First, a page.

1:5 Americans With Disabilities Act of 1990 (ADA)

The Americans With Disabilities Act (ADA) is intended to enhance and protect the rights of individuals with disabilities in all life activities and to provide clear, consistent, enforceable standards for addressing discrimination against individuals with disabilities.

The Act is comprised of five separate titles which prohibit discrimination in employment, transportation, public accommodations, and telecommunications, as well as several other miscellaneous areas. Title I, Employment, and Title II, Public Accommodations, have the greatest impact on employees and job applicants at Princeton University.

The employment title ensures that qualified individuals with disabilities, including both applicants and current employees, have available to them the same employment opportunities as people without disabilities. It includes, but is not limited to, the following areas. 

  • hiring (application procedures, recruitment, etc.)
  • promotion and transfers
  • discharge (layoffs, terminations, rehires, etc.)
  • all forms of compensation
  • job training
  • fringe benefits
  • job descriptions/classification
  • all leaves of absence
  • other aspects of employment

A disability under the ADA is defined as a known physical or mental impairment which substantially limits one or more of an individual's major life activities. Individuals are also entitled to protection under the law if they have a record of such an impairment, are regarded as having such an impairment but who are not disabled, or have an association of an individual with a disability.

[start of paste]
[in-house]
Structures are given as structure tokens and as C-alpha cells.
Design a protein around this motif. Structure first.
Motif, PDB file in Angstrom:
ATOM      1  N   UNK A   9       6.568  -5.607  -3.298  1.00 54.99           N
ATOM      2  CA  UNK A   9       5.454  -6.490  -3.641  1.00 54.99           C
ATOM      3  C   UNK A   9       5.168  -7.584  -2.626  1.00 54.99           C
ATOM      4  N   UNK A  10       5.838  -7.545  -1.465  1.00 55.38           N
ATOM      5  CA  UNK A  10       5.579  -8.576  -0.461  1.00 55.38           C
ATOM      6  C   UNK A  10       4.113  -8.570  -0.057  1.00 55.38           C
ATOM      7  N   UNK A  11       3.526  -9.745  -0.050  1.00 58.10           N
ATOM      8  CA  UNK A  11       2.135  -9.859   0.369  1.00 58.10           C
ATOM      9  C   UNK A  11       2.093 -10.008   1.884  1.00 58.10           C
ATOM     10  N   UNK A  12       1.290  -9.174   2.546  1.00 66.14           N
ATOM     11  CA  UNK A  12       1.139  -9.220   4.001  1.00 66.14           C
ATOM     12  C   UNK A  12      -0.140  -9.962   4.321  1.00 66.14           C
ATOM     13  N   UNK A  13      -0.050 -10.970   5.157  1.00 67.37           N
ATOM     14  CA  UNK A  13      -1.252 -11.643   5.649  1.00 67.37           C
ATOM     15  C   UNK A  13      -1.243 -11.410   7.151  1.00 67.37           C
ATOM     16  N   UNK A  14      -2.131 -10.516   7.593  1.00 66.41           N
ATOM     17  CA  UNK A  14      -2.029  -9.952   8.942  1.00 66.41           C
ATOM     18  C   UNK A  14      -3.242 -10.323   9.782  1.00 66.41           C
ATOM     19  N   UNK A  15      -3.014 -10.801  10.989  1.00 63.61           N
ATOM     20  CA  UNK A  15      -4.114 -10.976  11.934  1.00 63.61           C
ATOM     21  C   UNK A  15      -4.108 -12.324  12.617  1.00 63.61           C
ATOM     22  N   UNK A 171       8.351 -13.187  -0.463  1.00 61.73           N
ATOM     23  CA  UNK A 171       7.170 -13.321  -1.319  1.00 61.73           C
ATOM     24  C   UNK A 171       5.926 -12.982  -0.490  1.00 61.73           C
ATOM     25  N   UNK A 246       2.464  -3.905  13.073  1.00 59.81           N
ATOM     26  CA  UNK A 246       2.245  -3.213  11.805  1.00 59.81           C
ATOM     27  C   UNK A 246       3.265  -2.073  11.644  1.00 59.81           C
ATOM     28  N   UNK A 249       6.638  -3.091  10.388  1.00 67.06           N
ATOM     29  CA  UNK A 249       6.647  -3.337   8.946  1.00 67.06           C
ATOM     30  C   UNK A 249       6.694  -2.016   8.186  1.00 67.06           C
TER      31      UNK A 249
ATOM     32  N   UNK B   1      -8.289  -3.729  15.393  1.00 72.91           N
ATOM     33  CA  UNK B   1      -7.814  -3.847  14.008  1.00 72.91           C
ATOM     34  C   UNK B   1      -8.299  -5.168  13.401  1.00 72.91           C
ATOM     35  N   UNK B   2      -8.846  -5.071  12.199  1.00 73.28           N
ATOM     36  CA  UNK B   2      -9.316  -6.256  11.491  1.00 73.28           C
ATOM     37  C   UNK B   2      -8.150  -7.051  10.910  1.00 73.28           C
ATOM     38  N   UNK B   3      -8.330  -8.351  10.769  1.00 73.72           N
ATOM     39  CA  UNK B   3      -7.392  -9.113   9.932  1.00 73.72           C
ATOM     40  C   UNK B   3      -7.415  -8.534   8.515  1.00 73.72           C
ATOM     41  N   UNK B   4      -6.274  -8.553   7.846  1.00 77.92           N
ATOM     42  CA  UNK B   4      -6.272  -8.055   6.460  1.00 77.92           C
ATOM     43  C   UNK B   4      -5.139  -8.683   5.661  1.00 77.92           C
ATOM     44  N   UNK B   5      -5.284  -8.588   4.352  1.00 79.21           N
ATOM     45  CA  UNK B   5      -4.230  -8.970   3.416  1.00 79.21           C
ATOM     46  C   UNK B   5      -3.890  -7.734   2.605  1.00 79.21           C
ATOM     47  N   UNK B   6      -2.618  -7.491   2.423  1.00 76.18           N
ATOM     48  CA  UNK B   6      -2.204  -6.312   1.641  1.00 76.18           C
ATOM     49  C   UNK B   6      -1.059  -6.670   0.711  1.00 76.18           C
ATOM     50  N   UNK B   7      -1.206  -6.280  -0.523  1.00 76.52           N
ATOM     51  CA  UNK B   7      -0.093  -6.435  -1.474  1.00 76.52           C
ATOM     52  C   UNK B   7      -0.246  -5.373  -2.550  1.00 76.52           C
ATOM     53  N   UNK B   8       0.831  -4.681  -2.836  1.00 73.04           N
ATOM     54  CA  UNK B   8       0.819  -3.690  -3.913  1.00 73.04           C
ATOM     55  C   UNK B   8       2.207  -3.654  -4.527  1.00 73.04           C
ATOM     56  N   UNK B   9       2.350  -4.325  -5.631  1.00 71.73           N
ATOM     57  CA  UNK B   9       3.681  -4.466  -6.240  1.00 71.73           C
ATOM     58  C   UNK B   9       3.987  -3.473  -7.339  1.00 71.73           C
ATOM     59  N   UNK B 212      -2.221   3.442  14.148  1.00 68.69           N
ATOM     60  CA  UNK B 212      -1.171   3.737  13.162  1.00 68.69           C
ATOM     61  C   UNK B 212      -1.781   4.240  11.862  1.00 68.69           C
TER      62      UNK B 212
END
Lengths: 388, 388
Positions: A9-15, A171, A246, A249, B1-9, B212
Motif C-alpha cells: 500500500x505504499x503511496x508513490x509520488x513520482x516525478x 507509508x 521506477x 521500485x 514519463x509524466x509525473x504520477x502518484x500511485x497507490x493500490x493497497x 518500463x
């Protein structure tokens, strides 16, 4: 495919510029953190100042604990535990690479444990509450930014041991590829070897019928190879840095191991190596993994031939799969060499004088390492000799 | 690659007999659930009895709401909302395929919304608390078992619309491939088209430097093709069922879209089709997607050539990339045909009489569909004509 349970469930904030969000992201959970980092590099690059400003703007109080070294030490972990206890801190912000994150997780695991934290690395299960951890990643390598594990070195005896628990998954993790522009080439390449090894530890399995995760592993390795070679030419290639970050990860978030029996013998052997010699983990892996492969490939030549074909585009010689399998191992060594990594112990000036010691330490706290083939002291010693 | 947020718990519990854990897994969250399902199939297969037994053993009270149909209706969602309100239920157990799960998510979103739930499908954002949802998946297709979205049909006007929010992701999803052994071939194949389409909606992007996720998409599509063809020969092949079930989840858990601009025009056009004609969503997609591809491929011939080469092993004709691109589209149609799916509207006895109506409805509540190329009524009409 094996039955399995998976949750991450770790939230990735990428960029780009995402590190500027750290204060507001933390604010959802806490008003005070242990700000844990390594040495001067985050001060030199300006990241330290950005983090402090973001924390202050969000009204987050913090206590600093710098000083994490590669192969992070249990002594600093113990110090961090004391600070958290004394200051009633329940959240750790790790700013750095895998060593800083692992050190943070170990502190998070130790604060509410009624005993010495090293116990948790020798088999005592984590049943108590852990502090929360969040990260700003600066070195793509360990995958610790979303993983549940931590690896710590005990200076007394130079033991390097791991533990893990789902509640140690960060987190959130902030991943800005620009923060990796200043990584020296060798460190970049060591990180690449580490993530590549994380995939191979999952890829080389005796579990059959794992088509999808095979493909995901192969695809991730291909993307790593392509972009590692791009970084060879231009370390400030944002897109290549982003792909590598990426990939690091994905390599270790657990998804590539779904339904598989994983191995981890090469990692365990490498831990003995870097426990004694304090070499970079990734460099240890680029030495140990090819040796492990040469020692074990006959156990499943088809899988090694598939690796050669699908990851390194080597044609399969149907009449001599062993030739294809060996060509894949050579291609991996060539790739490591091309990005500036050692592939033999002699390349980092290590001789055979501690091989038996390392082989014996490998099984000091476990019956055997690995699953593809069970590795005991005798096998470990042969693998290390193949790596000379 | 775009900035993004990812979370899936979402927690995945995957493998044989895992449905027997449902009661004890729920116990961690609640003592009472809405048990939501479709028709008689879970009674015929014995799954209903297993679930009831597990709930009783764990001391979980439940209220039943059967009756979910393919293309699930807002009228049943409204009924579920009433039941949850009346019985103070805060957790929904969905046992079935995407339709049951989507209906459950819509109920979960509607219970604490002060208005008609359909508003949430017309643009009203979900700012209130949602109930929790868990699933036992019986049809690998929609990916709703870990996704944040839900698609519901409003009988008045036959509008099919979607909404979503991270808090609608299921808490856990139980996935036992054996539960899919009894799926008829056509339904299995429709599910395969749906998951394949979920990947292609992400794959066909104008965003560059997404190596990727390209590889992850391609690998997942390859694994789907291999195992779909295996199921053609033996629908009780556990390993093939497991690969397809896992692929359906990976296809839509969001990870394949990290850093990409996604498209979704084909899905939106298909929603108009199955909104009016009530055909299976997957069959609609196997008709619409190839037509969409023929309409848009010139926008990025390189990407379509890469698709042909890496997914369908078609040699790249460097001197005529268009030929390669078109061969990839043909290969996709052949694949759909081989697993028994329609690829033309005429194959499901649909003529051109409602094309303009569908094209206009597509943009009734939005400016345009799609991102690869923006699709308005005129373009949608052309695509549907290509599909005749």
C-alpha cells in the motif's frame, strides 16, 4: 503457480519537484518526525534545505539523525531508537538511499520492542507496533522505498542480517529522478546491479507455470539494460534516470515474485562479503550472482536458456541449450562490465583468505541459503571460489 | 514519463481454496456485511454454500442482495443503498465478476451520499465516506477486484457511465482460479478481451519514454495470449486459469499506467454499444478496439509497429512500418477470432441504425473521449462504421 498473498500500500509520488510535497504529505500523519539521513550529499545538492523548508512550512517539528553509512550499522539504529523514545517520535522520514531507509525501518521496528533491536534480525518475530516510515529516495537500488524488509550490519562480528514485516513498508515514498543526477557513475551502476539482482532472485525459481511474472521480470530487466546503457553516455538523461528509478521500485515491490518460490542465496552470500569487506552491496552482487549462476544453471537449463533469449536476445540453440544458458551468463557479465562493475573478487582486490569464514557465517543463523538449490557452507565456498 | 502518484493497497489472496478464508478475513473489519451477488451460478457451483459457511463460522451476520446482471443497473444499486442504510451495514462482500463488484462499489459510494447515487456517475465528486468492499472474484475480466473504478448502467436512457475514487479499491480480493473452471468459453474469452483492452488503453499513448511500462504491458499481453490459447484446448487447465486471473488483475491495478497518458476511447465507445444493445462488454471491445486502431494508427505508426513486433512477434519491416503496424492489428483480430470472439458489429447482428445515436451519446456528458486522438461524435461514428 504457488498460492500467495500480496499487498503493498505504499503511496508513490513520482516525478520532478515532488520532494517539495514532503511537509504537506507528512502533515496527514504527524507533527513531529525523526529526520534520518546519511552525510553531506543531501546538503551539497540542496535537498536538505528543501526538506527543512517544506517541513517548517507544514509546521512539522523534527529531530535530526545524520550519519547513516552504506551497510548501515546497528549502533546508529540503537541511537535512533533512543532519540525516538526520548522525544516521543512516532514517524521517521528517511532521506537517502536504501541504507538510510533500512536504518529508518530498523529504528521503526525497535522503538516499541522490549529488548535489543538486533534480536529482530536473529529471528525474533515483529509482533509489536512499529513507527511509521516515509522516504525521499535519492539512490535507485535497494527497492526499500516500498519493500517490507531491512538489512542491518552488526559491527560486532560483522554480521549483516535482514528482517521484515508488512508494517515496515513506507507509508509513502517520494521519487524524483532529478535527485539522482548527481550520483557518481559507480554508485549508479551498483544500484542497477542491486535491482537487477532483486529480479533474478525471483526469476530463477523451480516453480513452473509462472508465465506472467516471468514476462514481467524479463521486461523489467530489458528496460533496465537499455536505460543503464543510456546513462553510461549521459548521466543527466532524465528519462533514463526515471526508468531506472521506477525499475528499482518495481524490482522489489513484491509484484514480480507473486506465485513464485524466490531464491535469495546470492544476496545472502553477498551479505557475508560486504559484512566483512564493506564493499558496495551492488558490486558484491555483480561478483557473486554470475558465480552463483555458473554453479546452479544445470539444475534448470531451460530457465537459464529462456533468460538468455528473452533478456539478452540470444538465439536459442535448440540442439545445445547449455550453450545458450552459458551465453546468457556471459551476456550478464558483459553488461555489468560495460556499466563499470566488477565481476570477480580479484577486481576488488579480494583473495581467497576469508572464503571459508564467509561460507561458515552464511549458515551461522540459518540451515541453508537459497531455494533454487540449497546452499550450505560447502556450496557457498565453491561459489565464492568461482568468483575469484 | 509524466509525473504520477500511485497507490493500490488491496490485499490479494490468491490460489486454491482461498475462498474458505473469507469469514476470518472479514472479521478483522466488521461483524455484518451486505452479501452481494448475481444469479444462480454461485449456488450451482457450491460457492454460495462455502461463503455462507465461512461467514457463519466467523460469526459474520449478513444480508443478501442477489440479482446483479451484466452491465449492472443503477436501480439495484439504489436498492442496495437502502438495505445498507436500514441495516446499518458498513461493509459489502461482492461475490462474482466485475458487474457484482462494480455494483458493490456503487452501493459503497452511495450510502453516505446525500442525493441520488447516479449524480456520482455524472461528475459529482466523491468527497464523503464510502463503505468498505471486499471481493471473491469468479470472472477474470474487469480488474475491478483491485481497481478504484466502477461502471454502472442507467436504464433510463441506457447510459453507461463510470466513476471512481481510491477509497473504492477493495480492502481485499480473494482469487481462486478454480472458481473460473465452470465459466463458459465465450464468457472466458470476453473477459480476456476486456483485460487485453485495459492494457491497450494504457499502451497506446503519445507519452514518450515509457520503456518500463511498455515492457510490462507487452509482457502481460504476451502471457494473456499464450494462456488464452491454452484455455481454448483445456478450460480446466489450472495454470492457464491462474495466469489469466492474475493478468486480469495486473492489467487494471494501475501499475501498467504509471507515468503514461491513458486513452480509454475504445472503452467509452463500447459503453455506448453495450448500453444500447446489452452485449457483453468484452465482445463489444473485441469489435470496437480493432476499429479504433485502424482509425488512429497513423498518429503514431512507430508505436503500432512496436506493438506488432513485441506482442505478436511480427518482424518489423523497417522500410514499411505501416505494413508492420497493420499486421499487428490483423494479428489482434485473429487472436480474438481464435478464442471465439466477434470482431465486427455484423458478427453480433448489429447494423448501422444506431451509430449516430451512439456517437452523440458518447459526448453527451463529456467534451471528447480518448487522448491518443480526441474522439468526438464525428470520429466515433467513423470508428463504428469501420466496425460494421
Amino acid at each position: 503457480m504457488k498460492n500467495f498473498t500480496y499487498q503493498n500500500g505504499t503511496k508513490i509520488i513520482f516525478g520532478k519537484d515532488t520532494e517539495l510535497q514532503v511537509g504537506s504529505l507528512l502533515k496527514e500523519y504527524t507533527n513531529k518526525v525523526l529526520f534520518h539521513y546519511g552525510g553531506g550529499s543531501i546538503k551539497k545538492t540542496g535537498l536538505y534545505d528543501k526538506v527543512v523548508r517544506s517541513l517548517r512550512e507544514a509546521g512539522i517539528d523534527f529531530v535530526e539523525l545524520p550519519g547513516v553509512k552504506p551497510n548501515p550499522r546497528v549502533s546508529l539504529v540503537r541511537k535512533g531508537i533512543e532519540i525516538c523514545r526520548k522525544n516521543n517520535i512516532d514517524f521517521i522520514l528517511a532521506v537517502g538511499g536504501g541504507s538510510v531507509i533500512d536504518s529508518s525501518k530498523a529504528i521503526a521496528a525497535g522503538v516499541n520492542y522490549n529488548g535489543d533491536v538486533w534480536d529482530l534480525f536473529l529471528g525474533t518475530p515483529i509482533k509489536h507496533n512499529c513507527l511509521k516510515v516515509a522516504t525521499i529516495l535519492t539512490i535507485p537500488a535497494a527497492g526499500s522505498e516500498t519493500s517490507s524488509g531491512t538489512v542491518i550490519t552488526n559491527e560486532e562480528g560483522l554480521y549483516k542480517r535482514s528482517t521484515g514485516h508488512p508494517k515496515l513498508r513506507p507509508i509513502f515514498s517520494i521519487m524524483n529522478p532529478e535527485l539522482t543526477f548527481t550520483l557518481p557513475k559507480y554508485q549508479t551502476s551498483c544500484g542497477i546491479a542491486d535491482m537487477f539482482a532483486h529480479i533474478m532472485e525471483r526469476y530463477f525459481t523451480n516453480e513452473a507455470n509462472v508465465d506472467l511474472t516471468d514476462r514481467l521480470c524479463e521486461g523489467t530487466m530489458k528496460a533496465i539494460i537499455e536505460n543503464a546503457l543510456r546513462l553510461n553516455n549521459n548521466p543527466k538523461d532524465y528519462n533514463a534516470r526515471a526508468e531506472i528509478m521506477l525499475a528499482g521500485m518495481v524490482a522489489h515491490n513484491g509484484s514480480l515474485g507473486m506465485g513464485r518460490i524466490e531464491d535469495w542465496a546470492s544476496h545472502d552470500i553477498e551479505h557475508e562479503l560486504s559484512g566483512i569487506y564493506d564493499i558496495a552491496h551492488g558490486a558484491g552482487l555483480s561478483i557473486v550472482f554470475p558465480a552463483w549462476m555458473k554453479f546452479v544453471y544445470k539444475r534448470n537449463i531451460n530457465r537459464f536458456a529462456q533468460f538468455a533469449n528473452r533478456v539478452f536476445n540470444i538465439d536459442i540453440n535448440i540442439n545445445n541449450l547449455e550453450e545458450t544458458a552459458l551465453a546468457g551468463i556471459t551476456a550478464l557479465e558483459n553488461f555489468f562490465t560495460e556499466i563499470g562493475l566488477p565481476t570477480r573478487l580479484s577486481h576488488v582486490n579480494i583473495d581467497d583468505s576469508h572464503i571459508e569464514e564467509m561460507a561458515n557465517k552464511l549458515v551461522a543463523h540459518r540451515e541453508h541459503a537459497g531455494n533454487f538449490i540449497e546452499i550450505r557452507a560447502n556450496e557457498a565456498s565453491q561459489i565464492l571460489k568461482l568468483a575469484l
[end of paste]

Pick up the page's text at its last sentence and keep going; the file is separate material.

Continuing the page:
Current or recent use of illegal drugs or alcohol related problems are not disabilities under ADA; however, once individuals have successfully completed a rehabilitation program they are protected under the Act.

When working with a qualified individual with a disability, employers are required to determine whether there are any reasonable accommodations that could be made which would allow the individual to compete on the same level as those without disabilities. For example: job restructuring, modified work schedule, reassignment to vacant positions, new or modified equipment, provision of qualified readers/interpreters are all examples of accommodations which could be requested. However, the Act does not require that the employee accept the accommodation offered and includes this provision to ensure that employers do not offer unacceptable solutions based on discrimination.

The employer must accommodate the qualified individual unless it can be proven that doing so would cause "undue hardship". Undue hardship is defined as "requiring significant difficulty or expense and is subject to interpretation on a case by case basis." An employer can, however, refuse to accommodate those who can be proven to pose a direct threat to the safety of themselves or others.

The Public Accommodations title requires that all buildings and other facilities that are open to the general public be accessible to individuals with disabilities. Libraries, museums, theaters, lecture halls and other edifices must be made accessible to individuals with disabilities, which may include physical, visual and/or audible accommodations.

The Equal Employment Opportunity Commission (EEOC) is responsible for monitoring compliance with the ADA. Remediation and enforcement procedures are defined under Title VII of the 1964 Civil Rights Act, and the Rehabilitation Act of 1973.

The above information is a summary only and is in no way intended to be legal advice. Furthermore, this should be read in concert with University policies and procedures. Requests for further information should be directed to your Human Resources Region Manager.